...I’m curious, are you at all concerned about the health and safety of those people who live near the cell towers that give you such great service (save for the “dip” on Laurel Road of course!)? Or do you accept, as do all real scientific studies, that cell towers are totally safe? That they emit the same “radiation” as FM radio towers and microwave ovens (which, btw, have caused zero issues for anyone, anywhere at any time in history?). If so, it seems somewhat hypocritical that you’d take such umbrage with someone trying to solve New Canaan’s crazy cell service problems while, pardon my french, offering merde in the name of alternative solutions? I, for one, think better cell service actually improves property values. If nothing else, it certainly helps my Uber driver. But I defer to you to provide proof that good cell service has an economic downside. And while you’re at it, proof that cell towers pose a safety risk (which, btw, if they actually do, you might want to consider moving since you apparently are in a danger zone). In the meantime I applaud Keith Richey and hope more private residents follow suit.
This is to confirm that a Lease Option Agreement has been signed with Homeland Towers (the town’s selected cell tower provider) for a potential cell tower at 183 Soundview Lane. The LOA requires a cell carrier to sign-up as sponsor in order for anything to happen. No carrier has signed.
If a carrier does sign up, then the town will have the opportunity for input. After the input period, a cell tower site application may be made to the Connecticut Siting Council (CSC). The CSC has complete control of cell towers in Connecticut and established this process. There is no other process and there has not been any shortcuts in the process.
Under the Lease Option Agreement, a cell tower with a maximum height of 85 feet could be constructed. The tower is required to be of the newest and best faux-tree design with three branches and foliage per foot to conceal all external antenna in the form of a “faux” evergreen tree native to Connecticut. The faux branches will start at 20 feet and extend to as much as 5 feet above the tower to achieve complete concealment and natural appearance.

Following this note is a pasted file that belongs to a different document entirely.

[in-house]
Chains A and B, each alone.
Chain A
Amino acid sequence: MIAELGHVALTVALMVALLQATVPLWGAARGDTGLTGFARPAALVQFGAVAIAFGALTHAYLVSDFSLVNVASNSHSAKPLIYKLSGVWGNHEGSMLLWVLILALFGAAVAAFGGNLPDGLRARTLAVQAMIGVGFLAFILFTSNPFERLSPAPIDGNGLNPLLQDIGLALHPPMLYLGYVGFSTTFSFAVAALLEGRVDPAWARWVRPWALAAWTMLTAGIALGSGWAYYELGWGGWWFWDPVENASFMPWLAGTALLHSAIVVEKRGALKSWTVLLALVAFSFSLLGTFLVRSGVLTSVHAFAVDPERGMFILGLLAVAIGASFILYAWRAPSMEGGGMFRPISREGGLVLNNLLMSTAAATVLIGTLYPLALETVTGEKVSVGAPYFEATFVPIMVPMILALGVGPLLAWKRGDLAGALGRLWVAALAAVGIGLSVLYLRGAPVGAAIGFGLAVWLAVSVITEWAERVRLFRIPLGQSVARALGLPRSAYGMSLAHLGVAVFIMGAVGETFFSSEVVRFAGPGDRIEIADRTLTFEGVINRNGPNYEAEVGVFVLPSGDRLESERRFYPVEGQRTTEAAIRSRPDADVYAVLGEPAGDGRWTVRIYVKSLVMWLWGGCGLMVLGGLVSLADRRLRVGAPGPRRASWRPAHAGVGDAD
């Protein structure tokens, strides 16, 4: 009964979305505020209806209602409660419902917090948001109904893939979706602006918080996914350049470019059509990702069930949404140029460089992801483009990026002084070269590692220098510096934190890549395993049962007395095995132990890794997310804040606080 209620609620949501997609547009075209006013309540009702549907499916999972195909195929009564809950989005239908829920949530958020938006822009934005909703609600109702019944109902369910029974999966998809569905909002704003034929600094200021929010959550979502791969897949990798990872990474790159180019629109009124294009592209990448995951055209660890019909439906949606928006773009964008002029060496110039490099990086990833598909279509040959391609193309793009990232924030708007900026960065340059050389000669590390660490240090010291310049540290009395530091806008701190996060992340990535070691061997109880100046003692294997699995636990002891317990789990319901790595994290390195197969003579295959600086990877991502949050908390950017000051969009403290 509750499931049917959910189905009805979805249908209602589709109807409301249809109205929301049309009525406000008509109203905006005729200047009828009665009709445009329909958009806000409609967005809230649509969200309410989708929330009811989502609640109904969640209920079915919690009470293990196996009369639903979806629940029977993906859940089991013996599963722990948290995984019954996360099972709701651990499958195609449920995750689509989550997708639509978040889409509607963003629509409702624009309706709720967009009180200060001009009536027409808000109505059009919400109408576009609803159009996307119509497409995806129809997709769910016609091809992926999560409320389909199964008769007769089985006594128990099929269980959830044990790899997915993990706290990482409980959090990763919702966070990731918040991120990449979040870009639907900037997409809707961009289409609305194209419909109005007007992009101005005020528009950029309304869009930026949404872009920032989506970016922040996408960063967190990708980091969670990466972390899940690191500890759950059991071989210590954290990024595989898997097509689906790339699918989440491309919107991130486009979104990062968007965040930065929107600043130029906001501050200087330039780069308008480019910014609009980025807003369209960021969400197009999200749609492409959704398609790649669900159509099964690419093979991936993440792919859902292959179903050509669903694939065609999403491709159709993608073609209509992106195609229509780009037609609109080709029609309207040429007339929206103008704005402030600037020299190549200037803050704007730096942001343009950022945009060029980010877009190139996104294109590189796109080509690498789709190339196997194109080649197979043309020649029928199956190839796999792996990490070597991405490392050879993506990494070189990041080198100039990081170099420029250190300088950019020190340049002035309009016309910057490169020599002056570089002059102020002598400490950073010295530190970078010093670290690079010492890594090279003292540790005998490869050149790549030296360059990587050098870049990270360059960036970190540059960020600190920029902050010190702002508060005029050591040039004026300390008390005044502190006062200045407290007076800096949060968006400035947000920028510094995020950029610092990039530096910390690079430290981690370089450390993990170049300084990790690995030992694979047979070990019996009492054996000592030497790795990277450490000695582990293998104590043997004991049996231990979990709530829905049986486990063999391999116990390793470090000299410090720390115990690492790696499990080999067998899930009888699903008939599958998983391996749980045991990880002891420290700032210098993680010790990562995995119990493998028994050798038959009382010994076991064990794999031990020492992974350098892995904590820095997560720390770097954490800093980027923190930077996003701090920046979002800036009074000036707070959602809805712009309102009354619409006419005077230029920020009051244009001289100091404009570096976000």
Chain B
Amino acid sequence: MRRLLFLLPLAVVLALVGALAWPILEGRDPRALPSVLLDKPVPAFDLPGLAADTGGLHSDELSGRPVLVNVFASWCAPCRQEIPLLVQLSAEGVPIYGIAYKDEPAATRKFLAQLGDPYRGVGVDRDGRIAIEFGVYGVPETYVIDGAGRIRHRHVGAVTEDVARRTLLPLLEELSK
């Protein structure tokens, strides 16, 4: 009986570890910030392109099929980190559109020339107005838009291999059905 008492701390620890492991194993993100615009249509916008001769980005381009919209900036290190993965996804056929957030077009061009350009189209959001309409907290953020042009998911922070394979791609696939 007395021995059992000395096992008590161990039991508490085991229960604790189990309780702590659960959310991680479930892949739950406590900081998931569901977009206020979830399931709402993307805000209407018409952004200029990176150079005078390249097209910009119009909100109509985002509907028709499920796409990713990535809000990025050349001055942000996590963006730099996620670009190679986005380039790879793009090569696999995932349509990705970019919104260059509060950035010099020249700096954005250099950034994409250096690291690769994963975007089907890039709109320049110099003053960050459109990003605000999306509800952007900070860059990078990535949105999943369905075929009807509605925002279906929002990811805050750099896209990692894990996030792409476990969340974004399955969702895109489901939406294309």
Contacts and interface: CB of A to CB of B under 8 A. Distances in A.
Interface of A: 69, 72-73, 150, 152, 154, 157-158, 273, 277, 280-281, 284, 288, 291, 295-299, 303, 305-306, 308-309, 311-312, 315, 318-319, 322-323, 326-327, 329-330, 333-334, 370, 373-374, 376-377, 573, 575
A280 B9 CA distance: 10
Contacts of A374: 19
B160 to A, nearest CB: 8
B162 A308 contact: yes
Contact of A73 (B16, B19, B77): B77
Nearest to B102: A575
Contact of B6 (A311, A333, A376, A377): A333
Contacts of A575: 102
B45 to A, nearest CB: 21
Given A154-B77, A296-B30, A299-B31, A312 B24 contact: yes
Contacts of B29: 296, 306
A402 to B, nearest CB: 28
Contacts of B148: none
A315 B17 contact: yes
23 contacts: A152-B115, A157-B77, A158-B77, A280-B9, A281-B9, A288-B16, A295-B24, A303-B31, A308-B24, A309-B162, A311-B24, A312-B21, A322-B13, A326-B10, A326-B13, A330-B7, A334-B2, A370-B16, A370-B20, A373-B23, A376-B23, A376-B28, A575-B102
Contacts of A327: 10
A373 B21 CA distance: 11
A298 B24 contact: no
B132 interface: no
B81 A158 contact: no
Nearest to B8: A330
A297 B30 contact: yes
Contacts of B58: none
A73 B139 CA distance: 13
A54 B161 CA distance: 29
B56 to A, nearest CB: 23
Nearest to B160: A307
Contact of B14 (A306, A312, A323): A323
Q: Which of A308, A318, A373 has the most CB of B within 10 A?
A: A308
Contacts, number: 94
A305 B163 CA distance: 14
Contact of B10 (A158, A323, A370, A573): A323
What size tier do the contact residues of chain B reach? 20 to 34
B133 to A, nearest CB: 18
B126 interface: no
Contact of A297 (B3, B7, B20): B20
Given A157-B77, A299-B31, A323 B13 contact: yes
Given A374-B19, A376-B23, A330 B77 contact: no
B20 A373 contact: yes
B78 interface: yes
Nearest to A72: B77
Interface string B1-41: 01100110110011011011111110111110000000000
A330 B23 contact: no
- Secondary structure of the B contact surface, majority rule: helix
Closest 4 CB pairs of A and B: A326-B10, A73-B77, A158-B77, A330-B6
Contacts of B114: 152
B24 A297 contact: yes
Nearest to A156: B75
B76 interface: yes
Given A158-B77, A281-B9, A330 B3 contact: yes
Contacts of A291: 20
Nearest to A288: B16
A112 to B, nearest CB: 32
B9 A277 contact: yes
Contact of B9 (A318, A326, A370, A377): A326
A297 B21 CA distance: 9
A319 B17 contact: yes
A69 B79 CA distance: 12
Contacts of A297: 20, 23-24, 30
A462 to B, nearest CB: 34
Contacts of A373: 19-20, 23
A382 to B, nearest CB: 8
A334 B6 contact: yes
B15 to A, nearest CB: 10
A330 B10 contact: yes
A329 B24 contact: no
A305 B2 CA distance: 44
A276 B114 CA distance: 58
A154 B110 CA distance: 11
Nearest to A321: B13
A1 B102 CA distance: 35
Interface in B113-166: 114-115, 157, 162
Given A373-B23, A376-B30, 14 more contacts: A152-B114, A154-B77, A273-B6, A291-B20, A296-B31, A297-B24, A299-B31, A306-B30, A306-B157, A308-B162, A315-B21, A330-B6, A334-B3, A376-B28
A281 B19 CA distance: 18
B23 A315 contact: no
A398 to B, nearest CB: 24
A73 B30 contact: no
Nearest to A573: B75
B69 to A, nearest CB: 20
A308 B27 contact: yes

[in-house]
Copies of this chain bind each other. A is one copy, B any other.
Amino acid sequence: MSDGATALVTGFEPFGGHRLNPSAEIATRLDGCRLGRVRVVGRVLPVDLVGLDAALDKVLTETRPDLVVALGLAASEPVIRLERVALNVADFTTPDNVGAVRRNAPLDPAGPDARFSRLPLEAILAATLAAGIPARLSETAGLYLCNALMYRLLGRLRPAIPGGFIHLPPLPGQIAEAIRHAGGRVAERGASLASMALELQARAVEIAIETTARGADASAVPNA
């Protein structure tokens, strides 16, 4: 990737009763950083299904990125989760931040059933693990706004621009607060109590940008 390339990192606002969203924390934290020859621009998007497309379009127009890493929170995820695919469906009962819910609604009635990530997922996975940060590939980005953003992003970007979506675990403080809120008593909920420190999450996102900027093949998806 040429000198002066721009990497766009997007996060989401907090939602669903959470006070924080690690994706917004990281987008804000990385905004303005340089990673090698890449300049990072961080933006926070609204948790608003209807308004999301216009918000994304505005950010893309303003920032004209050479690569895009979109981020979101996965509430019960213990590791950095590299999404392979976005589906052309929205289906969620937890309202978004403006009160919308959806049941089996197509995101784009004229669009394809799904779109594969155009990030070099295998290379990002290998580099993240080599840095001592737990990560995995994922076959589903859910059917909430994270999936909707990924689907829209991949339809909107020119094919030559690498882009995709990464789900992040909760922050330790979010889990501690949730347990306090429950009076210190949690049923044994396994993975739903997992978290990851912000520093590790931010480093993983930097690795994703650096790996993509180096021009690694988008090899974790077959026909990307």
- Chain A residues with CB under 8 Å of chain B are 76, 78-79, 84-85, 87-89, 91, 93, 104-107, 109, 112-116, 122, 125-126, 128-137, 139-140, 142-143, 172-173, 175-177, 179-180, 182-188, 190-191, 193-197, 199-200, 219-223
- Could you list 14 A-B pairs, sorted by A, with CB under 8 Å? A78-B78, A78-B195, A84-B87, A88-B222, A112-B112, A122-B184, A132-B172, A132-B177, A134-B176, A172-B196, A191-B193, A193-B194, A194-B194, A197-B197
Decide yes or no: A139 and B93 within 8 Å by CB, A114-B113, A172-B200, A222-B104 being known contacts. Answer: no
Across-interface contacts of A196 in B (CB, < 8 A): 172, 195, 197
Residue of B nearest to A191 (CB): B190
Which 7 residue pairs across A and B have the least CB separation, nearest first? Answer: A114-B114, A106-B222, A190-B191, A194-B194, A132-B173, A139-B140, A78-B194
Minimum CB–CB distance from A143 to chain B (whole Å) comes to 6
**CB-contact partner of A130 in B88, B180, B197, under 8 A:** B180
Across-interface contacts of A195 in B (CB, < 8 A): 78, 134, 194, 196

The faux tree won’t look at all like the terrible one on the Hutch and will be much nicer than recent one constructed in North Salem. It will be surrounded by evergreen and deciduous trees, some reaching 65 feet or more. Compare the maximum (including camouflage) height of 90 feet to the 140-foot water tower and 120-foot towers on Rt. 123 and at Silver Hill.
In May 2017 the journey began when I was asked by then Councilman Kevin Moynihan if I would mind having a cell tower at St. Luke’s School (SLS) since it is next to my home. I understood immediately the attractiveness of the location, because Soundview Lane has one of the highest elevations in New Canaan and the cell service in the area is terrible. I responded to Kevin that I would mind and that if there had to be a cell tower in the area, I would prefer it be on my property so I would have control for its location, size and appearance.
Kevin suggested that I contact Ray Vergati of Homeland Towers, the tower company that has contracted with New Canaan, to understand the current state of affairs and my options. I did so and Ray (Homeland Towers) confirmed that there had been a discussion with SLS. I was also told that the woodsy area we have that adjoins the upper SLS playing fields would be a good site for a cell tower (CT) and they would be interested in entering into discussions.